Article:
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Entries in Nazis (2)

Wednesday
Jun152011

Gingrich's Comparison of Muslims, Nazis Sparks Outrage

Jessica McGowan/Getty Images(WASHINGTON) -- Presidential candidate Newt Gingrich's comments comparing Muslims to Nazis at the GOP debate Monday night have sparked a firestorm in the blogosphere, where liberals, and even some conservatives, have pounced on the former House speaker for what they view as excessive fear mongering.

"Of course Newt is taking it too far.  He is appealing to the basest instincts of a very small minority of folks," said Matthew Dowd, ABC News consultant who served as chief strategist on George W. Bush's 2004 re-election team.  "Either he is doing this for political purposes to distract people from a campaign in disarray, which is bad, or he actually believes it, which is scary."

At the New Hampshire debate Monday night, Gingrich responded to questions about loyalty tests for administration officials, saying, "The Pakistani who emigrated to the U.S., became a citizen, built a car bomb which luckily failed to go off in Times Square, was asked by the federal judge, how could he have done that when he signed and when he swore an oath to the United States.  And he looked at the judge and said, 'You're my enemy.  I lied.'"

"Now, I just want to go out on a limb here.  I'm in favor of saying to people, if you're not prepared to be loyal to the United States, you will not serve in my administration, period," Gingrich added to applause.

But Gingrich didn't stop there, despite an attempt by moderators to interject.  He compared hiring Muslims to how Americans dealt with Nazis in the 1940s.

"We did this in dealing with the Nazis.  We did this in dealing with the Communists.  And it was controversial both times and both times we discovered after a while, you know, there are some genuinely bad people who would like to infiltrate our country.  And we have got to have the guts to stand up and say, 'No,'" he concluded.

Many people have chastised Gingrich, whose senior aides resigned en masse last week, for invoking 1950s-era McCarthyism, a time during which free speech came under assault amid a heightened threat of Communism.  Muslim groups expressed outrage, saying Gingrich was merely exploiting Muslims for personal and political gain.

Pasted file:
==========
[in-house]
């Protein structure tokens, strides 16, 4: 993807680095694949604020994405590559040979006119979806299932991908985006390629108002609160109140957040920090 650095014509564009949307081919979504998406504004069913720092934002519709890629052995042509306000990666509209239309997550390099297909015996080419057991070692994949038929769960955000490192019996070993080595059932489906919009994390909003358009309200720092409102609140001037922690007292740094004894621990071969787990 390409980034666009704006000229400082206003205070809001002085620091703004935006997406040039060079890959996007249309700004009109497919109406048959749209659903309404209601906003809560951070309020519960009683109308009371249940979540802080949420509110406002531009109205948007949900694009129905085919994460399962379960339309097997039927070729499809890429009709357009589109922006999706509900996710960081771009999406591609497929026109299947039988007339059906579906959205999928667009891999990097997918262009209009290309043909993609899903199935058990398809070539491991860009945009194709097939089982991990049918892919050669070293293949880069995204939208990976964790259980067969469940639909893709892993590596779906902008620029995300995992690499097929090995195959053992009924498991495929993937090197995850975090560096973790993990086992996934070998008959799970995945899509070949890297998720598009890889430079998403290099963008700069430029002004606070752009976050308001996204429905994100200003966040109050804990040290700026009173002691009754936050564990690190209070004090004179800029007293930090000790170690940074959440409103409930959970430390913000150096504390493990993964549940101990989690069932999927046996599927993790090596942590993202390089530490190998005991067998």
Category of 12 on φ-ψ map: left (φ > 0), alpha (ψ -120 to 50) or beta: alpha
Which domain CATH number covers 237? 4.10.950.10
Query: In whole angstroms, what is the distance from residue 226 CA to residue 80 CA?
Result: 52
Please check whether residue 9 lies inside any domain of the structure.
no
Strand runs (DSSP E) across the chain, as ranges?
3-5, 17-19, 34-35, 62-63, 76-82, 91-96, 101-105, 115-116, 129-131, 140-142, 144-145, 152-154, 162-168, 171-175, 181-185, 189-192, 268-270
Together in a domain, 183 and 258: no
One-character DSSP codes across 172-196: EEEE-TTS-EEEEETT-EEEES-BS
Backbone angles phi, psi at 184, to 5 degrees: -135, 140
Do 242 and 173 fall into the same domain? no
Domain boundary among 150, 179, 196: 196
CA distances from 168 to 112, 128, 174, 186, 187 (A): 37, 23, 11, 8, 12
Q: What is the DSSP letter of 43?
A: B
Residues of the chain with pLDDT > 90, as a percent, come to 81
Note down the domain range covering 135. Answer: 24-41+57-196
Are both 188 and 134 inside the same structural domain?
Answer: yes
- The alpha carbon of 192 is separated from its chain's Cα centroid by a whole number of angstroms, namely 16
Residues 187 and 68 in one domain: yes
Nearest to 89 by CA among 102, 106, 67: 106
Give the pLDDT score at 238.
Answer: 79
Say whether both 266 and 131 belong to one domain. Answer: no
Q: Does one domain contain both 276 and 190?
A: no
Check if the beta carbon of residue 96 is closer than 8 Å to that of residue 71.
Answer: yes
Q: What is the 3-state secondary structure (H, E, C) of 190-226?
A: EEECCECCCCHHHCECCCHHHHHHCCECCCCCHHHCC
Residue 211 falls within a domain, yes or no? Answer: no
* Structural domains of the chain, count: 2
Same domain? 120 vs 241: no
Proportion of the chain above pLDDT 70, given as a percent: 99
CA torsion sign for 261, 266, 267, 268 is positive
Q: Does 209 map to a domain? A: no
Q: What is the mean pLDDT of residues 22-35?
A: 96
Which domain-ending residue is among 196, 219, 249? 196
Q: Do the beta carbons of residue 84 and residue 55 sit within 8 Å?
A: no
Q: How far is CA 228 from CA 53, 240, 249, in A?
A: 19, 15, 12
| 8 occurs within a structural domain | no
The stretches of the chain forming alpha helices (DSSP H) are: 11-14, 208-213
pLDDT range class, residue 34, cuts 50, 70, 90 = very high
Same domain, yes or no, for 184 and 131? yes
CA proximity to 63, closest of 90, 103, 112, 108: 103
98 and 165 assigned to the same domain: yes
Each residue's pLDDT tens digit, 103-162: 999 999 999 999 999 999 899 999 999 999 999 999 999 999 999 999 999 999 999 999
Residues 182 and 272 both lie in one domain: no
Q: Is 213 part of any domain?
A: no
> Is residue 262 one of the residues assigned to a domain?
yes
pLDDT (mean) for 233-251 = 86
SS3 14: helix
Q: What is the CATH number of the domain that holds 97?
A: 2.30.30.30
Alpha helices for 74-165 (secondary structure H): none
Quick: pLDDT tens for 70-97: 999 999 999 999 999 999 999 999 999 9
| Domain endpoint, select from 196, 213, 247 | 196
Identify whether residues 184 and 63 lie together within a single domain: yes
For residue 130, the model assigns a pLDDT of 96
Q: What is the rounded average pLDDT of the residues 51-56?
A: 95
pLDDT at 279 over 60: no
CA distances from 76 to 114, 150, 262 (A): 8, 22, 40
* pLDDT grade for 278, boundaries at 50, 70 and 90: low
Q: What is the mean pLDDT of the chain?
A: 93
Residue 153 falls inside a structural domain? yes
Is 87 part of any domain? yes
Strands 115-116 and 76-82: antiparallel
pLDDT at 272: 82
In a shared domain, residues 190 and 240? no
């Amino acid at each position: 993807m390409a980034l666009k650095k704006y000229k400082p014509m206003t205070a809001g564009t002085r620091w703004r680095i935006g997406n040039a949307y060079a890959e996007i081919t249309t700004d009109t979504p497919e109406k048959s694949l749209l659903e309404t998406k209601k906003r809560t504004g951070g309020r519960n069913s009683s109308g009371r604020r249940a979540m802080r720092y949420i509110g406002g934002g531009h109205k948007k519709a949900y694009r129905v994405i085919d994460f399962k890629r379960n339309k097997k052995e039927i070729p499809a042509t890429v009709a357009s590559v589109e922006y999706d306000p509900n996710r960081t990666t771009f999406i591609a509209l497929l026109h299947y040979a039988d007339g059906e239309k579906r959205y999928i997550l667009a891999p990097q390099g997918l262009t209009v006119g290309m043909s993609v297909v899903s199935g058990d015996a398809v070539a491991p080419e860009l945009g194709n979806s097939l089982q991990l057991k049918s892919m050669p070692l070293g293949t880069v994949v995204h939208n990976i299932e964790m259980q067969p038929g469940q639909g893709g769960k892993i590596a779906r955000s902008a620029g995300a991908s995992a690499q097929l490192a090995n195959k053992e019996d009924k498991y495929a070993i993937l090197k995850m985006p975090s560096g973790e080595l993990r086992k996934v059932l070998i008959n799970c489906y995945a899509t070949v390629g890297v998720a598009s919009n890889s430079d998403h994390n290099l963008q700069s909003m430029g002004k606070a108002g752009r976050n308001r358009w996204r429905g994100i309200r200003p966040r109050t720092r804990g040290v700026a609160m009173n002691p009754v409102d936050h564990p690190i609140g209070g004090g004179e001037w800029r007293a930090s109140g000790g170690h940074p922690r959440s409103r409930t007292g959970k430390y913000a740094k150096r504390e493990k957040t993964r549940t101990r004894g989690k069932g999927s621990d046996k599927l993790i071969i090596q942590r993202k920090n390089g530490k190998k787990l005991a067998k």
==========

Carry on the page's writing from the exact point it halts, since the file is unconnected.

"It's really reprehensible when you have a mainstream presidential candidate equate Muslims with Nazis and communists," said Ibrahim Hooper, communications director at Council on American-Islamic Relations.  "It is what we've come to expect from the right wing of the political faction."

Although he might have created a firestorm, this isn't the first time Gingrich has made such a comparison and, to many, his most recent comments are anything but surprising.

Copyright 2011 ABC News Radio

Thursday
Jan202011

No Apology Here: Congressman Cohen Defends Nazi Comment

Photo Courtesy - ABC News(WASHINGTON) -- Congressman Steve Cohen, D-Tenn., says he has no intention of apologizing for comparing Republican rhetoric with Nazi propaganda.

“I didn’t say anything that deserves an apology or requires an apology,” Cohen told ABC News.  “I would never refer to Republican colleagues in an untoward way, I was talking about political propaganda.”

Cohen’s comments on the House floor – where he said Republican arguments on health care were “a big lie just like Goebbels” and “like blood libel” that led to the holocaust -- were condemned by the Anti-Defamation League (ADL).

“No matter how strong one’s objections to any policy or to the tactics of political opponents, invoking the Holocaust and the Nazi effort to exterminate the Jewish people is offensive and has no place in a civil political discourse,” said ADL National Director Abraham Foxman in a statement issued in response to Cohen’s statement.

“I respect Mr. Foxman greatly, we have a little difference on how we see this,” Cohen said.  “I wasn’t talking about the political philosophy or even the actions that resulted in the actions of the Holocaust, I was talking about the political propaganda, which is somewhat separate, but I understand Mr. Foxman’s sensitivities and I’m sorry that he and other people of the Jewish faith could have been offended.”

Does that mean Cohen is sorry for what he said?  Not quite.

“I’m sorry that people were offended,” Cohen said.  “I’m not sorry for what I said.”

Copyright 2011 ABC News Radio







ABC News Radio